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Take heart. The pain could be so much worse

I can tell you the precise moment that the 17-year-old me resolved to work hard, get my A-levels, go to med school etc etc. I was one week into a summer job which, to a teenager, had sounded wonderful: working in a factory that made record-player pick-up arms. The reality was that this involved me pulling, then releasing, a lever, which put a drill through some metal. Up, down; up, down. The whole day. After an hour I was bored out of my skull; after a day I was bordering on psychotic and after that first week I’d have gladly put my head where the metal was.

I’m glad someone does it and I’m glad it’s not me

That was when I decided that my future career had to involve some challenge and some stress. And I guess that’s why, many years later, I find myself working as a GP.

So, careful what you wish for.

But look, for all its current complete crock-of-shitness, general practice isn’t so bad. After all, it does still involve medicine, and we’d all agree that’s quite fun, even if that mainly means syringing ears or handing out statins.

Besides, even within medicine, there are jobs that are far worse than being a GP. Like working in A&E, for example. Imagine what fun that must be at the moment. Or being an endocrinologist: spending all day doling out skiploads of drugs to increasingly dejected and decreasingly well-controlled diabetics. Or being an anaesthetist. Okay, yes, there are certain patients I would like to render unconscious – just long enough, say, for me to leave the country or change my identity. But still.

Then there’s the worst job of all. The job that has me waking each morning and thinking, even if it’s a Monday and the next 12 hours are going to grind my gonads to dust, at least I don’t do THAT. And THAT, of course, is working in a pain clinic.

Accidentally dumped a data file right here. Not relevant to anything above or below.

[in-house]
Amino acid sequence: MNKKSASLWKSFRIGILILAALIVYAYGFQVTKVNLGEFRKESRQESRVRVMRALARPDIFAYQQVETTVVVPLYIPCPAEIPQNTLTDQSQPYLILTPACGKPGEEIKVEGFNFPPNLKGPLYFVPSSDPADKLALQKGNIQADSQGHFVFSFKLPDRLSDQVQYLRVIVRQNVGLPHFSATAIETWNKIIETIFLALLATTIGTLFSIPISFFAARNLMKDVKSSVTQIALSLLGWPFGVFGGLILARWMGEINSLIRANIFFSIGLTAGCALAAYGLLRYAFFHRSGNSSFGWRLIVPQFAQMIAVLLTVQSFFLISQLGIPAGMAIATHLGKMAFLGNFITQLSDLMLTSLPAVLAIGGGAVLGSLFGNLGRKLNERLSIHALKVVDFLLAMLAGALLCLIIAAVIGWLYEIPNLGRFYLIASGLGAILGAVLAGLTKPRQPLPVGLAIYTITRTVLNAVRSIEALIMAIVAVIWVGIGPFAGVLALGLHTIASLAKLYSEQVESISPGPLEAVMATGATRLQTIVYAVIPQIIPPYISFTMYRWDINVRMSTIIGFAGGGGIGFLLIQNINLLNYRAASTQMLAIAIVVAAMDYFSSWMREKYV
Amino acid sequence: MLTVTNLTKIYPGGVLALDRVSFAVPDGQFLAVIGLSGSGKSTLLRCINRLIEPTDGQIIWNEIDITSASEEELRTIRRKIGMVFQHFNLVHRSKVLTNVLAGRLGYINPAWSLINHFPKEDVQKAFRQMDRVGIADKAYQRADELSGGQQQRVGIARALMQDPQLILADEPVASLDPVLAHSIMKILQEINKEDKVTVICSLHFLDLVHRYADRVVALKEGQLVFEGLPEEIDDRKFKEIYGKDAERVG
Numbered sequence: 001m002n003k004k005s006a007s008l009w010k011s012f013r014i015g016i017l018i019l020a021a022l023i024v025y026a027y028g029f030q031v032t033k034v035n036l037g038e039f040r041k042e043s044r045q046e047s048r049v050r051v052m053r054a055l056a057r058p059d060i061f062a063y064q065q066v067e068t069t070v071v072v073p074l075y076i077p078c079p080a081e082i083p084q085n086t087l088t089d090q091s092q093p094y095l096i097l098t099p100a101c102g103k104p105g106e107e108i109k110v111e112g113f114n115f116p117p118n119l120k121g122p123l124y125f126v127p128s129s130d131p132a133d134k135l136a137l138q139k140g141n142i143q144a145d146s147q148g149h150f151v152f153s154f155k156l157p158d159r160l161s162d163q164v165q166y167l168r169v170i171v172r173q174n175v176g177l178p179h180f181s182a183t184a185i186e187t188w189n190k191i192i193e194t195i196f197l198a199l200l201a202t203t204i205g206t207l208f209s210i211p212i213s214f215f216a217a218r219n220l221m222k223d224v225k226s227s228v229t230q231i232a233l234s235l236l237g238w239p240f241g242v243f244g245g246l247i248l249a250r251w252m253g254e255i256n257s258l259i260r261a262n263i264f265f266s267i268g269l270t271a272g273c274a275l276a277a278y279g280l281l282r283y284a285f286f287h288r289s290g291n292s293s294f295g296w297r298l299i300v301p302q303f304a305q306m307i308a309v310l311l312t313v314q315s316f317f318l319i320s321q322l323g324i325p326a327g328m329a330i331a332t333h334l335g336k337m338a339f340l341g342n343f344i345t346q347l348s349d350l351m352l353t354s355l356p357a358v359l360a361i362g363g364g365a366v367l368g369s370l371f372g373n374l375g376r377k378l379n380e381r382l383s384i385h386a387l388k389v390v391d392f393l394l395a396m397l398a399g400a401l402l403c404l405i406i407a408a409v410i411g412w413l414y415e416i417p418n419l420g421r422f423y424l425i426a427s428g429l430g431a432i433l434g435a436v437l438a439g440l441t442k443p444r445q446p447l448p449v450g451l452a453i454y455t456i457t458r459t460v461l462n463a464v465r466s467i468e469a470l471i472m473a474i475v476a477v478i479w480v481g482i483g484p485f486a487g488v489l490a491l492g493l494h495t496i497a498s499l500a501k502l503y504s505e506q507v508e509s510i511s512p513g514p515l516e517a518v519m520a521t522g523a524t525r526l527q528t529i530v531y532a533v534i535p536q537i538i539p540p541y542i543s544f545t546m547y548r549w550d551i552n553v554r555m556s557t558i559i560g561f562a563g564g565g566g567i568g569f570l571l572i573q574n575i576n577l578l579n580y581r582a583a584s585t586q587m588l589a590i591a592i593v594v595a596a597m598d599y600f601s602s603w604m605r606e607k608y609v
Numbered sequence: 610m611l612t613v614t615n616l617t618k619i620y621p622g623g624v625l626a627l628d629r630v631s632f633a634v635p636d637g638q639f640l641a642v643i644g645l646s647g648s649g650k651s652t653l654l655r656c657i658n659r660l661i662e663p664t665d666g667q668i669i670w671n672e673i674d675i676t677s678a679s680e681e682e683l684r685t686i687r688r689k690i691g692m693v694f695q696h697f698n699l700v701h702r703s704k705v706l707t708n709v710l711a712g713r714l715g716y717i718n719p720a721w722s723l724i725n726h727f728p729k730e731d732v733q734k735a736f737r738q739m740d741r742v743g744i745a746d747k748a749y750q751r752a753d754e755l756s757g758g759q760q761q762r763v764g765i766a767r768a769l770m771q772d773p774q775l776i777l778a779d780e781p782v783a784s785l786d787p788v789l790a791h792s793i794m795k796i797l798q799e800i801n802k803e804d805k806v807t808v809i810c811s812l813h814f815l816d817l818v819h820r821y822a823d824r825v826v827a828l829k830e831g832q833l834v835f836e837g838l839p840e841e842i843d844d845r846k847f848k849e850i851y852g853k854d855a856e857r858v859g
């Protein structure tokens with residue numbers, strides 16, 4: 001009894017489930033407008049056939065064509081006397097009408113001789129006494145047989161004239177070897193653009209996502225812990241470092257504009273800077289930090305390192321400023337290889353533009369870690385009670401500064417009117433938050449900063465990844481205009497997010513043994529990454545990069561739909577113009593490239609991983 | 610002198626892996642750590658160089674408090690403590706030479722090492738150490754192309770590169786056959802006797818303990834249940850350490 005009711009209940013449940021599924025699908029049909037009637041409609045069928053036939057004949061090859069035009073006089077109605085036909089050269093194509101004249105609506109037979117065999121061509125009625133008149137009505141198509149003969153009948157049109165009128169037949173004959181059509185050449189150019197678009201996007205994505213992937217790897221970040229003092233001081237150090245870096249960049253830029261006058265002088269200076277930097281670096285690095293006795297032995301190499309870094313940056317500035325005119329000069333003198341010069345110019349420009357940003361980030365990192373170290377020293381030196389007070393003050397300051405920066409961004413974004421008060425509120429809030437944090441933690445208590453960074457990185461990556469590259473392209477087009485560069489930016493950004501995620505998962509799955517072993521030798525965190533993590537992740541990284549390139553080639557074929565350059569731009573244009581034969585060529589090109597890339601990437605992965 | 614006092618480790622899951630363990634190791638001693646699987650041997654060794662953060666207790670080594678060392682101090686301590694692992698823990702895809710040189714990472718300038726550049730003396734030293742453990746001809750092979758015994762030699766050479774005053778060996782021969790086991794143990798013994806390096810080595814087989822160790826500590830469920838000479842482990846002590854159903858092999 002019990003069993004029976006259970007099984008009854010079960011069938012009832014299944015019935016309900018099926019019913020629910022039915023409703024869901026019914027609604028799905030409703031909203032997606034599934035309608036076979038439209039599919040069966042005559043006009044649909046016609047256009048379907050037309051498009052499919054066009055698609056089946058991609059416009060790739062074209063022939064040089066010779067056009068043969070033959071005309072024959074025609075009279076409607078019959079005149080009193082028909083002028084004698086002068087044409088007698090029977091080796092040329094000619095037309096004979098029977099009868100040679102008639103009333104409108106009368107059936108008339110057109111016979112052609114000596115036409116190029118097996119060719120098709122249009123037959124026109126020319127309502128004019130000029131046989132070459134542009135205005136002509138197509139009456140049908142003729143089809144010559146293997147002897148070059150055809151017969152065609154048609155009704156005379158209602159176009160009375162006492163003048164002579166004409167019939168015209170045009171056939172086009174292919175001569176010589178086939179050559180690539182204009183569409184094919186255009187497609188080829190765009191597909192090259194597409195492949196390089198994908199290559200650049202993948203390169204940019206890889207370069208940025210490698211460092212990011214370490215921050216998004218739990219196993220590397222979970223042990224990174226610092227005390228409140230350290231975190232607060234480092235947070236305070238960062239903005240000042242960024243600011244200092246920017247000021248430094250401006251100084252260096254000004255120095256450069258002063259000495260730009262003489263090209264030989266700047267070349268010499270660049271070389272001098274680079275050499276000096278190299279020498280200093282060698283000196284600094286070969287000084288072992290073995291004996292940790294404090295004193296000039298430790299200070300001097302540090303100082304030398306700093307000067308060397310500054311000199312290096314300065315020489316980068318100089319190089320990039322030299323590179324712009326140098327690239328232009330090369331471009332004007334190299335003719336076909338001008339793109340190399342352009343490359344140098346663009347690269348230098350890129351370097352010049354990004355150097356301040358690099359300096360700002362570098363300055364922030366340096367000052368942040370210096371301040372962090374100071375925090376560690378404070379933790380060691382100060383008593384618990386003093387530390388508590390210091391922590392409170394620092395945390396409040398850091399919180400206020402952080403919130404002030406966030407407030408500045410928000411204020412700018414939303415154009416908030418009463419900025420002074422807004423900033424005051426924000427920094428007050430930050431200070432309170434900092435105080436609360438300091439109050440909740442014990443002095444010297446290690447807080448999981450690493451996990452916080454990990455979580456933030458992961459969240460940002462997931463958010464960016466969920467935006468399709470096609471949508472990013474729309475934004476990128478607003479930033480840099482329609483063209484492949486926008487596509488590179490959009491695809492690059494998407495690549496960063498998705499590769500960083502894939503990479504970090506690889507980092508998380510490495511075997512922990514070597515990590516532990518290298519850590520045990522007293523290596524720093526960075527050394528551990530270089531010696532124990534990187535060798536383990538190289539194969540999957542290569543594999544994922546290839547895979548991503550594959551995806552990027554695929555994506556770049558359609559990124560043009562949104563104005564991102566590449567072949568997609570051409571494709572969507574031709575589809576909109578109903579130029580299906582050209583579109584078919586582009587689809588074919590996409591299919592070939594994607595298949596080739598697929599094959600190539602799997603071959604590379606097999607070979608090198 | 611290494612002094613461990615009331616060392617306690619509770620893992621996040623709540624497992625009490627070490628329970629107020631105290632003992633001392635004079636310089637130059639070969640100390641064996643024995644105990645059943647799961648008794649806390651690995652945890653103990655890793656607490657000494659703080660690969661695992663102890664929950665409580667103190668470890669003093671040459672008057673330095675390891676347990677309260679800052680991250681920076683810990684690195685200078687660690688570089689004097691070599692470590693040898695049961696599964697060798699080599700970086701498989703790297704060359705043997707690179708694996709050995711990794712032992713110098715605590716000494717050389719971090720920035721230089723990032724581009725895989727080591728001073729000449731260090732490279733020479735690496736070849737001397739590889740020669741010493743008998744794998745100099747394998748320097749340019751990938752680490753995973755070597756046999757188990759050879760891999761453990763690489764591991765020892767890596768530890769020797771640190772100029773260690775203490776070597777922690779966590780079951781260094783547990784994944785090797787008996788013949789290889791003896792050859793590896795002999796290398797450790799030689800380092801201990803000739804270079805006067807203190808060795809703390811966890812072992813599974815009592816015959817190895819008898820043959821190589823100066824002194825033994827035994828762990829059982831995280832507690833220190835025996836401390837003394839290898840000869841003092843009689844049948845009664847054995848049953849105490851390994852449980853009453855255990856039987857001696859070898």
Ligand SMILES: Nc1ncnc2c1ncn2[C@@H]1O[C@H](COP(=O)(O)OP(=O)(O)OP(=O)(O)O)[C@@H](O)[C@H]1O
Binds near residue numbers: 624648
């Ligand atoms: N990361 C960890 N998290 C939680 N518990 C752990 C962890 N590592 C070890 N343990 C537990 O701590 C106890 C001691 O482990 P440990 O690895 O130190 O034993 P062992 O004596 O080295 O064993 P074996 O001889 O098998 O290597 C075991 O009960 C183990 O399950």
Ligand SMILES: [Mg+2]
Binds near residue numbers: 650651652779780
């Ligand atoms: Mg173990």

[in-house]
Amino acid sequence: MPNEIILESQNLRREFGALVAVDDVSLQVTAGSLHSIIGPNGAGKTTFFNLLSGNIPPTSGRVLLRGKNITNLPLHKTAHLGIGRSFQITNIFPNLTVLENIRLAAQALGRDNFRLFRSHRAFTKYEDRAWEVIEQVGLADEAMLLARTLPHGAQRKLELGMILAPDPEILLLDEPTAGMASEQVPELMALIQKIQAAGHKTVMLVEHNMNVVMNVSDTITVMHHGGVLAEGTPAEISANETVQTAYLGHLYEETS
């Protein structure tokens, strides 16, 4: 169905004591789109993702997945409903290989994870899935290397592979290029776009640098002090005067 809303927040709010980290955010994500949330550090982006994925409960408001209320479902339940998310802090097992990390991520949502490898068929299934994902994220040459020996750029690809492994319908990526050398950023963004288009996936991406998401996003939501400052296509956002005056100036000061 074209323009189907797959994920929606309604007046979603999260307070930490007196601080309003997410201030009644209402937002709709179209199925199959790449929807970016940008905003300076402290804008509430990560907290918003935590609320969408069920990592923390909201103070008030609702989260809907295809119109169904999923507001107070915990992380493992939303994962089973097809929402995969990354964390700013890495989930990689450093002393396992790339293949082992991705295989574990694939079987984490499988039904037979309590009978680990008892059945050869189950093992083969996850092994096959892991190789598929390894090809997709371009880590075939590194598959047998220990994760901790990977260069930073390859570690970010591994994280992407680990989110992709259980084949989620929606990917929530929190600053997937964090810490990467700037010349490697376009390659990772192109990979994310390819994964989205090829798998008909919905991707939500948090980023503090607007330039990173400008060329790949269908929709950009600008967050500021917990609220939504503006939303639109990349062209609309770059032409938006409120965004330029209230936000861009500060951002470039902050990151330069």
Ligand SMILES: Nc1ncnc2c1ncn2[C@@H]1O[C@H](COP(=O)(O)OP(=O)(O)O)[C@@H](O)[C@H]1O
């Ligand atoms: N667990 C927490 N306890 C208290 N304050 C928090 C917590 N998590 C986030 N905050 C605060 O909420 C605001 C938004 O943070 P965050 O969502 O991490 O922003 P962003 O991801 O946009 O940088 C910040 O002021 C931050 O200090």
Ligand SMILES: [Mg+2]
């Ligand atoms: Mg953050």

I can take heartsinks, TATT, patients who want antibiotics, CQC inspections, appraisal, revalidation, micromanagement, pay cuts, complaints, avoiding unplanned admissions DESs, the recruitment crisis. Even sodding 8am to 8pm, seven-day working. But I could not take one morning of seeing patients whose sole referral criterion is that the GP has not been able to control their pain.

After all, it’s not like we GPs are pain management morons: it’s pretty much our bread and butter. I diagnose and manage the cause, prescribe analgesics if necessary and job done. Trickier cases might need something stronger, a sprinkle of co-prescriptions and a side order of psychological tweaks. So by the time I’m penning the letter to the pain clinic, the implication is I’ve hit one hell of a ‘something must be done’ brick wall. Which means that the person really being treated, as I offload my intractable backs, fibromyalgics and medically unexplained pain, is me.

So good luck to the ‘pain experts’ is all I can say. I’m glad someone does it and I’m glad it’s not me. I presume they must be sadomasochists who enjoy the transference of pain from patient to specialist. If not, I genuinely wonder how they make it to the end of each day. But hey, if it gets too much, there’s this job in a pick-up arm factory.

Dr Tony Copperfield is a GP in Essex. You can follow him on Twitter @DocCopperfield 


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